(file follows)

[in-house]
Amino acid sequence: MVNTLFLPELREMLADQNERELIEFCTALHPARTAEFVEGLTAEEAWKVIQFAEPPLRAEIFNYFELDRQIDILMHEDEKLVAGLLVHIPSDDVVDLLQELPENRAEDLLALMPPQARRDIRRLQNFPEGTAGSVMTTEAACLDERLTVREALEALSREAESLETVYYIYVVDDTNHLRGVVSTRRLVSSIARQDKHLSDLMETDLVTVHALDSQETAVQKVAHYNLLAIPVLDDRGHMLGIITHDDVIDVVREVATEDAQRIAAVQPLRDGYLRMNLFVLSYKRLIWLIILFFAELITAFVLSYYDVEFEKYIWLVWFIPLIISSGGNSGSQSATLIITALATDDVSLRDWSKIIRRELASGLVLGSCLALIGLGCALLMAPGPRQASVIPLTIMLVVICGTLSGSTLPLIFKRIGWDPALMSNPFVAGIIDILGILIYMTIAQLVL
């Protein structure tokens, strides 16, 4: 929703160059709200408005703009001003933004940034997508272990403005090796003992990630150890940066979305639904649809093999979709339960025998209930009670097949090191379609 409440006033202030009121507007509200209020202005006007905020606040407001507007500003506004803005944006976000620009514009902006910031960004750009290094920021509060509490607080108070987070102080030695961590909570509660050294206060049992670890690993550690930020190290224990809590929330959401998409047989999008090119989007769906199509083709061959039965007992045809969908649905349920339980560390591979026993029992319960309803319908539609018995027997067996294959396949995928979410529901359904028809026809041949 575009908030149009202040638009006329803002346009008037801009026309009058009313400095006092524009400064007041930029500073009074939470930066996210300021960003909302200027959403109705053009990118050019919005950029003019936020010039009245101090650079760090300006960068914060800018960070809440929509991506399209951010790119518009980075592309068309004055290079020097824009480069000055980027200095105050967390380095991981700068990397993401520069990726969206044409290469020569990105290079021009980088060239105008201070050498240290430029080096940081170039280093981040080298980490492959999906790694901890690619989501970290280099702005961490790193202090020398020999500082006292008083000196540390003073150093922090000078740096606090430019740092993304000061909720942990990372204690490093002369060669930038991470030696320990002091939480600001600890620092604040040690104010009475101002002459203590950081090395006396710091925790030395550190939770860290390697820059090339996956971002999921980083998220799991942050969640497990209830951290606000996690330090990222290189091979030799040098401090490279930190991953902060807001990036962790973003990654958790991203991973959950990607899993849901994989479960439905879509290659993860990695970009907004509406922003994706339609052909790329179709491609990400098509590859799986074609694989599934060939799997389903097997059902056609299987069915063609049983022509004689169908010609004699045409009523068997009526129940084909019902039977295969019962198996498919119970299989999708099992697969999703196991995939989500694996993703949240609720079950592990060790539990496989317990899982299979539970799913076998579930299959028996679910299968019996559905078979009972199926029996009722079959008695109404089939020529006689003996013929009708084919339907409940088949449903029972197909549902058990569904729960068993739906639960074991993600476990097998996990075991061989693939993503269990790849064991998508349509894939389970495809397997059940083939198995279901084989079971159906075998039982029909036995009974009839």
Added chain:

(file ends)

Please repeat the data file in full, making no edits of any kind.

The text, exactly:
[in-house]
Amino acid sequence: MVNTLFLPELREMLADQNERELIEFCTALHPARTAEFVEGLTAEEAWKVIQFAEPPLRAEIFNYFELDRQIDILMHEDEKLVAGLLVHIPSDDVVDLLQELPENRAEDLLALMPPQARRDIRRLQNFPEGTAGSVMTTEAACLDERLTVREALEALSREAESLETVYYIYVVDDTNHLRGVVSTRRLVSSIARQDKHLSDLMETDLVTVHALDSQETAVQKVAHYNLLAIPVLDDRGHMLGIITHDDVIDVVREVATEDAQRIAAVQPLRDGYLRMNLFVLSYKRLIWLIILFFAELITAFVLSYYDVEFEKYIWLVWFIPLIISSGGNSGSQSATLIITALATDDVSLRDWSKIIRRELASGLVLGSCLALIGLGCALLMAPGPRQASVIPLTIMLVVICGTLSGSTLPLIFKRIGWDPALMSNPFVAGIIDILGILIYMTIAQLVL
């Protein structure tokens, strides 16, 4: 929703160059709200408005703009001003933004940034997508272990403005090796003992990630150890940066979305639904649809093999979709339960025998209930009670097949090191379609 409440006033202030009121507007509200209020202005006007905020606040407001507007500003506004803005944006976000620009514009902006910031960004750009290094920021509060509490607080108070987070102080030695961590909570509660050294206060049992670890690993550690930020190290224990809590929330959401998409047989999008090119989007769906199509083709061959039965007992045809969908649905349920339980560390591979026993029992319960309803319908539609018995027997067996294959396949995928979410529901359904028809026809041949 575009908030149009202040638009006329803002346009008037801009026309009058009313400095006092524009400064007041930029500073009074939470930066996210300021960003909302200027959403109705053009990118050019919005950029003019936020010039009245101090650079760090300006960068914060800018960070809440929509991506399209951010790119518009980075592309068309004055290079020097824009480069000055980027200095105050967390380095991981700068990397993401520069990726969206044409290469020569990105290079021009980088060239105008201070050498240290430029080096940081170039280093981040080298980490492959999906790694901890690619989501970290280099702005961490790193202090020398020999500082006292008083000196540390003073150093922090000078740096606090430019740092993304000061909720942990990372204690490093002369060669930038991470030696320990002091939480600001600890620092604040040690104010009475101002002459203590950081090395006396710091925790030395550190939770860290390697820059090339996956971002999921980083998220799991942050969640497990209830951290606000996690330090990222290189091979030799040098401090490279930190991953902060807001990036962790973003990654958790991203991973959950990607899993849901994989479960439905879509290659993860990695970009907004509406922003994706339609052909790329179709491609990400098509590859799986074609694989599934060939799997389903097997059902056609299987069915063609049983022509004689169908010609004699045409009523068997009526129940084909019902039977295969019962198996498919119970299989999708099992697969999703196991995939989500694996993703949240609720079950592990060790539990496989317990899982299979539970799913076998579930299959028996679910299968019996559905078979009972199926029996009722079959008695109404089939020529006689003996013929009708084919339907409940088949449903029972197909549902058990569904729960068993739906639960074991993600476990097998996990075991061989693939993503269990790849064991998508349509894939389970495809397997059940083939198995279901084989079971159906075998039982029909036995009974009839």
Added chain: